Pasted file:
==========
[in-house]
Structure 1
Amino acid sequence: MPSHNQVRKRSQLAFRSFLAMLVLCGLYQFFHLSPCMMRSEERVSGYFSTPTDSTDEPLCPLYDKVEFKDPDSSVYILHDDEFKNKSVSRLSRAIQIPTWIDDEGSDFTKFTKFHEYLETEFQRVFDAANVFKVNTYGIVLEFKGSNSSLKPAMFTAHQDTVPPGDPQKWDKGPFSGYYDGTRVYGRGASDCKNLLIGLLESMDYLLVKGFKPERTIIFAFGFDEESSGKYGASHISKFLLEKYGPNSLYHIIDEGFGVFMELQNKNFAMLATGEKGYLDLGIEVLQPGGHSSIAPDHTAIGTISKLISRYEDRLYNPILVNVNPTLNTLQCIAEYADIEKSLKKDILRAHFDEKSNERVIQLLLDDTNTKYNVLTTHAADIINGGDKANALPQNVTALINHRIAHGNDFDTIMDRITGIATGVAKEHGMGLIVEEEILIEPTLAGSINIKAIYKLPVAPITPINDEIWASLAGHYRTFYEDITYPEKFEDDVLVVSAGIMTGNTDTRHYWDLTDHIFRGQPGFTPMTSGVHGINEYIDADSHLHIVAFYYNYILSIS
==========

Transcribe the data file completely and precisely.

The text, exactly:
[in-house]
Structure 1
Amino acid sequence: MPSHNQVRKRSQLAFRSFLAMLVLCGLYQFFHLSPCMMRSEERVSGYFSTPTDSTDEPLCPLYDKVEFKDPDSSVYILHDDEFKNKSVSRLSRAIQIPTWIDDEGSDFTKFTKFHEYLETEFQRVFDAANVFKVNTYGIVLEFKGSNSSLKPAMFTAHQDTVPPGDPQKWDKGPFSGYYDGTRVYGRGASDCKNLLIGLLESMDYLLVKGFKPERTIIFAFGFDEESSGKYGASHISKFLLEKYGPNSLYHIIDEGFGVFMELQNKNFAMLATGEKGYLDLGIEVLQPGGHSSIAPDHTAIGTISKLISRYEDRLYNPILVNVNPTLNTLQCIAEYADIEKSLKKDILRAHFDEKSNERVIQLLLDDTNTKYNVLTTHAADIINGGDKANALPQNVTALINHRIAHGNDFDTIMDRITGIATGVAKEHGMGLIVEEEILIEPTLAGSINIKAIYKLPVAPITPINDEIWASLAGHYRTFYEDITYPEKFEDDVLVVSAGIMTGNTDTRHYWDLTDHIFRGQPGFTPMTSGVHGINEYIDADSHLHIVAFYYNYILSIS